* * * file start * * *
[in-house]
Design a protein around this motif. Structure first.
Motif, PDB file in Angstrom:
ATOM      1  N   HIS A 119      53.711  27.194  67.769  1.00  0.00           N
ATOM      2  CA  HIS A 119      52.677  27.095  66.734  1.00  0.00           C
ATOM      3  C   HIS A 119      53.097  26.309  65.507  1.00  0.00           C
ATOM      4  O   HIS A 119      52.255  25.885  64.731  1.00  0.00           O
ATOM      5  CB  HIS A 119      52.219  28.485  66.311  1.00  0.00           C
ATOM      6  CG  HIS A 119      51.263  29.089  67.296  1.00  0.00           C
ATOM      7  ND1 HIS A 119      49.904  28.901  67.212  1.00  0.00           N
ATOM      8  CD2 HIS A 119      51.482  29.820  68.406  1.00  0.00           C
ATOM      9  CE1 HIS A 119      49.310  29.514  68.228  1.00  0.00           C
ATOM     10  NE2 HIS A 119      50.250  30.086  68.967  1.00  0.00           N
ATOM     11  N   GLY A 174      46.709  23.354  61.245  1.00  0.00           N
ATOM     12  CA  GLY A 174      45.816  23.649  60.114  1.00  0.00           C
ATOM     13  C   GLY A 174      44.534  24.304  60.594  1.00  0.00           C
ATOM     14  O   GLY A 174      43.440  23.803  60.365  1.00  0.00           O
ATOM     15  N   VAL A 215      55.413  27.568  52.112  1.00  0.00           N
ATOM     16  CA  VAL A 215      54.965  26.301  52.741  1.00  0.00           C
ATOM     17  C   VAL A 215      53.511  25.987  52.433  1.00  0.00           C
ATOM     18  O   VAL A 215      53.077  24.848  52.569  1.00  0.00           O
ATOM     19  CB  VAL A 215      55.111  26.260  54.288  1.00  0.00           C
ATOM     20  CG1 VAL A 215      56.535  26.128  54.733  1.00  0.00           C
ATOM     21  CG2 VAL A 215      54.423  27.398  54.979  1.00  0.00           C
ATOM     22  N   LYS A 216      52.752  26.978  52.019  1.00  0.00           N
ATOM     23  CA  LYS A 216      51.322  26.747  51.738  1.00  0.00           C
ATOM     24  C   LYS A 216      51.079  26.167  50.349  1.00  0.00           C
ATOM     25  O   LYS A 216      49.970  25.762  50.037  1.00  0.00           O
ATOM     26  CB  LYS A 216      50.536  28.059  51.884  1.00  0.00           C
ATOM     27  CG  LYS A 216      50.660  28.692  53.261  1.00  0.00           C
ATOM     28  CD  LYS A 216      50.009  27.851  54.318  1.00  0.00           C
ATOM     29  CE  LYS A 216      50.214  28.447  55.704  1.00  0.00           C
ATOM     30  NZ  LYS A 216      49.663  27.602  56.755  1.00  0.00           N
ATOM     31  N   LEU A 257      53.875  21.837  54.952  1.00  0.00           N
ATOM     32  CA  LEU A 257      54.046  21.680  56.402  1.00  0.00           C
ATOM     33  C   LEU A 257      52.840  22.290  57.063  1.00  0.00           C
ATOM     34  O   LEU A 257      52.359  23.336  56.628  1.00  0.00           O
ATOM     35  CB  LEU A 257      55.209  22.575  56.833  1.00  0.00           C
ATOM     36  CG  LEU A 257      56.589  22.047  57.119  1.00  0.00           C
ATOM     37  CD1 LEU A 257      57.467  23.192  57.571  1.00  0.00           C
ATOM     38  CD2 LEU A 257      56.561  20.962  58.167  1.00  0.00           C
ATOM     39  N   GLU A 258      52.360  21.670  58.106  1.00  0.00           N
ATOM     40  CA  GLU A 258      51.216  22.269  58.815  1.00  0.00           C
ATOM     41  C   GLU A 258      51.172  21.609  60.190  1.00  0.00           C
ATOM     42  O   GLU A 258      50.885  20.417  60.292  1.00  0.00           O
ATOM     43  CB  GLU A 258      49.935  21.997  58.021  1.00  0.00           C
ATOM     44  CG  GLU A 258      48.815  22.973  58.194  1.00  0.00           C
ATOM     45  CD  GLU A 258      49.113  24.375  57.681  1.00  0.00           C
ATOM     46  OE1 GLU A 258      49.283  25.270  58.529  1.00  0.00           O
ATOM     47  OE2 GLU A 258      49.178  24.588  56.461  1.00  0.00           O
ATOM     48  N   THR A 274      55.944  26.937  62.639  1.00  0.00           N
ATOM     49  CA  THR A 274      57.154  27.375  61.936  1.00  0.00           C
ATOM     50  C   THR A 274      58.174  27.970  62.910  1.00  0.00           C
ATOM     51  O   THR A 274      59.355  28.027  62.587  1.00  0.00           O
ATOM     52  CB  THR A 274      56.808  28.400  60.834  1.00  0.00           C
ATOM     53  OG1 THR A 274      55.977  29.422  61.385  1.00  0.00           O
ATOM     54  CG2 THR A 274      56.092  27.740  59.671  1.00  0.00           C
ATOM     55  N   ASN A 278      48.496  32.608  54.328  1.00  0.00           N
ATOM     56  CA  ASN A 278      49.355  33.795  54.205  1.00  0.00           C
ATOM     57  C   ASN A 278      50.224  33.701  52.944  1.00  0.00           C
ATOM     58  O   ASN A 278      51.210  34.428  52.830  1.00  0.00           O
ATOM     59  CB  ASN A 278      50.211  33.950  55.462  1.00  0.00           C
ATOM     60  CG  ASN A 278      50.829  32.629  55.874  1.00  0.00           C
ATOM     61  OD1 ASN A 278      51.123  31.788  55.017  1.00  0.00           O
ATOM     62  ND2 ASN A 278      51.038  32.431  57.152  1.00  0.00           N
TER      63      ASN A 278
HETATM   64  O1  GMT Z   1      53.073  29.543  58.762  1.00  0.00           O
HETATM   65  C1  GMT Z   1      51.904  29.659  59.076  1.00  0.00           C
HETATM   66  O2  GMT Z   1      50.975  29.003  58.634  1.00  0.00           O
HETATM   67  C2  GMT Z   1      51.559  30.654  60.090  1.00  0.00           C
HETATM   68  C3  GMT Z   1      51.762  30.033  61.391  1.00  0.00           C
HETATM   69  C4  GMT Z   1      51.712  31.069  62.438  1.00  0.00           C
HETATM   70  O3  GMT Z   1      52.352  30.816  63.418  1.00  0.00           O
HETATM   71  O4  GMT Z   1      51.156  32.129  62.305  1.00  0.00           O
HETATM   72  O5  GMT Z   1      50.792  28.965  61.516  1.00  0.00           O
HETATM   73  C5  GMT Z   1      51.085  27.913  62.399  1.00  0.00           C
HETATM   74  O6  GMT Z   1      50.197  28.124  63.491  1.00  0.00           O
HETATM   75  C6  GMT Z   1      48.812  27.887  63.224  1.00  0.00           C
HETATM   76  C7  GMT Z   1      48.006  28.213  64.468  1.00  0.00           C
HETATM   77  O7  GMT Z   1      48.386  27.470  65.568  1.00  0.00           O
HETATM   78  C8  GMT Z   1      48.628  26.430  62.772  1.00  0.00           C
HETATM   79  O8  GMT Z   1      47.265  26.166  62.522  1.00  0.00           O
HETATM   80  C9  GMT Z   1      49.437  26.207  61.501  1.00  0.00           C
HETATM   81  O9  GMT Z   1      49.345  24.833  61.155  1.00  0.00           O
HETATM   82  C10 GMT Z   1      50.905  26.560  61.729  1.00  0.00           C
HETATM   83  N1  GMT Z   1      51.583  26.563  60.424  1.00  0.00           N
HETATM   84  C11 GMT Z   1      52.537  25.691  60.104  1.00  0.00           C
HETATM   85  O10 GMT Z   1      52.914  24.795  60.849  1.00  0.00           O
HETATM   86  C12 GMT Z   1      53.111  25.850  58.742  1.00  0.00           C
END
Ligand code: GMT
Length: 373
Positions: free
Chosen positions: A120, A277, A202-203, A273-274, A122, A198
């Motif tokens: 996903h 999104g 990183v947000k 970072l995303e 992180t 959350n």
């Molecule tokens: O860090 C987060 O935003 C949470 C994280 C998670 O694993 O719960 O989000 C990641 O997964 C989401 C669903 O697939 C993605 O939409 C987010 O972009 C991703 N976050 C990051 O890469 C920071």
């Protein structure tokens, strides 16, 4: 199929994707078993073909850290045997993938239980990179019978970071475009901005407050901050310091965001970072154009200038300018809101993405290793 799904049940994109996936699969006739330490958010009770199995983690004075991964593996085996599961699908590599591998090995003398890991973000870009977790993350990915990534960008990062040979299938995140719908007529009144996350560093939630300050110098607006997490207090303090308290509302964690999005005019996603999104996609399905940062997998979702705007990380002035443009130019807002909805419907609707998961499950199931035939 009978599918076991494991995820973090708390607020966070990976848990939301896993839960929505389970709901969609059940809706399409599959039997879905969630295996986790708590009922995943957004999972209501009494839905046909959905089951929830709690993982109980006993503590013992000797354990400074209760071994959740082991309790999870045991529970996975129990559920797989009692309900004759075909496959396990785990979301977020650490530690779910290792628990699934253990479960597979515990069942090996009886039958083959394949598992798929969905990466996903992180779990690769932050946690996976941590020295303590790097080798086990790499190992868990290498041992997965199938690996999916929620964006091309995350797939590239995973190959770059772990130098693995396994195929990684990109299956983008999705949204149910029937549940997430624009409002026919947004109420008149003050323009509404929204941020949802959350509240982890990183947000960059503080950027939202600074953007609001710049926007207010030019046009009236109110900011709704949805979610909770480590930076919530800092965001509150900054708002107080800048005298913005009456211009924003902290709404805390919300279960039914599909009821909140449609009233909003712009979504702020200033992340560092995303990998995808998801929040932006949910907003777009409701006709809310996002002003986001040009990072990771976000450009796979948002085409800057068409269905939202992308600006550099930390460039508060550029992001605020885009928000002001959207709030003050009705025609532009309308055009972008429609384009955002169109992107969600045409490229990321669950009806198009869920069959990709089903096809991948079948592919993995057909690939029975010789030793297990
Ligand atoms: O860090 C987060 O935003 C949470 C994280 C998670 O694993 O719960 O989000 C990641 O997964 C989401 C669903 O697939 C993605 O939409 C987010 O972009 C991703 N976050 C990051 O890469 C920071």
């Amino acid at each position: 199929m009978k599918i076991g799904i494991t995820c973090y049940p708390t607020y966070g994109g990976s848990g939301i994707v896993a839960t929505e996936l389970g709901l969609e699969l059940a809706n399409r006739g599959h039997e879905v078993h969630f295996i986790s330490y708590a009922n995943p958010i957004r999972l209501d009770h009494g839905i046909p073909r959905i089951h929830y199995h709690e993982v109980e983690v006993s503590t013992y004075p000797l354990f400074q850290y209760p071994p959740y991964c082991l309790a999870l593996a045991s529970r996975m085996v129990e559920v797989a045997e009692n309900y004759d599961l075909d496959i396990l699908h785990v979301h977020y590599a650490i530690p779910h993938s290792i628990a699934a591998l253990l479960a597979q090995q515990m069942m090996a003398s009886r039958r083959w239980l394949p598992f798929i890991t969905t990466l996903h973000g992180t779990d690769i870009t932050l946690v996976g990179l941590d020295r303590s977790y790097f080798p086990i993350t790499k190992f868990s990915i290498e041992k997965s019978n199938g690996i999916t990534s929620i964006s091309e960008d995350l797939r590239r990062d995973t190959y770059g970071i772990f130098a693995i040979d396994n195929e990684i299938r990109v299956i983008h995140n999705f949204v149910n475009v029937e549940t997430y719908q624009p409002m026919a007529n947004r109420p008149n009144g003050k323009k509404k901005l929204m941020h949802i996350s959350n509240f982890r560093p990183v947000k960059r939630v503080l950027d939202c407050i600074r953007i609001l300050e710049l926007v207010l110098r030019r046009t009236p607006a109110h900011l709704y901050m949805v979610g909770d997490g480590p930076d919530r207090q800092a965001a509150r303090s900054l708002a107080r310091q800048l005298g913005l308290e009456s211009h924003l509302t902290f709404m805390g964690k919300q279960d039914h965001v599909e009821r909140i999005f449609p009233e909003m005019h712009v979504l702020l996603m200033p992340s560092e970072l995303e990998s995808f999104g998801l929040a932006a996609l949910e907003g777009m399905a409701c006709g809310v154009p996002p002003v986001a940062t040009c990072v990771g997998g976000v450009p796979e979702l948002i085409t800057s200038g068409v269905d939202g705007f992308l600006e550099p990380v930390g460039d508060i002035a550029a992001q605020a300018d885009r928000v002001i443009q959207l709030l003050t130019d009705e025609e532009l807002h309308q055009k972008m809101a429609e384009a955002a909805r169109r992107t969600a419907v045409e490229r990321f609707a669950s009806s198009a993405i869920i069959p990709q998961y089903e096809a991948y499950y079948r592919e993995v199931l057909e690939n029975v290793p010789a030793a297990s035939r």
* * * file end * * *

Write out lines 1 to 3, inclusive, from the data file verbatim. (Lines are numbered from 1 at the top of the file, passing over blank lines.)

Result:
[in-house]
Design a protein around this motif. Structure first.
Motif, PDB file in Angstrom: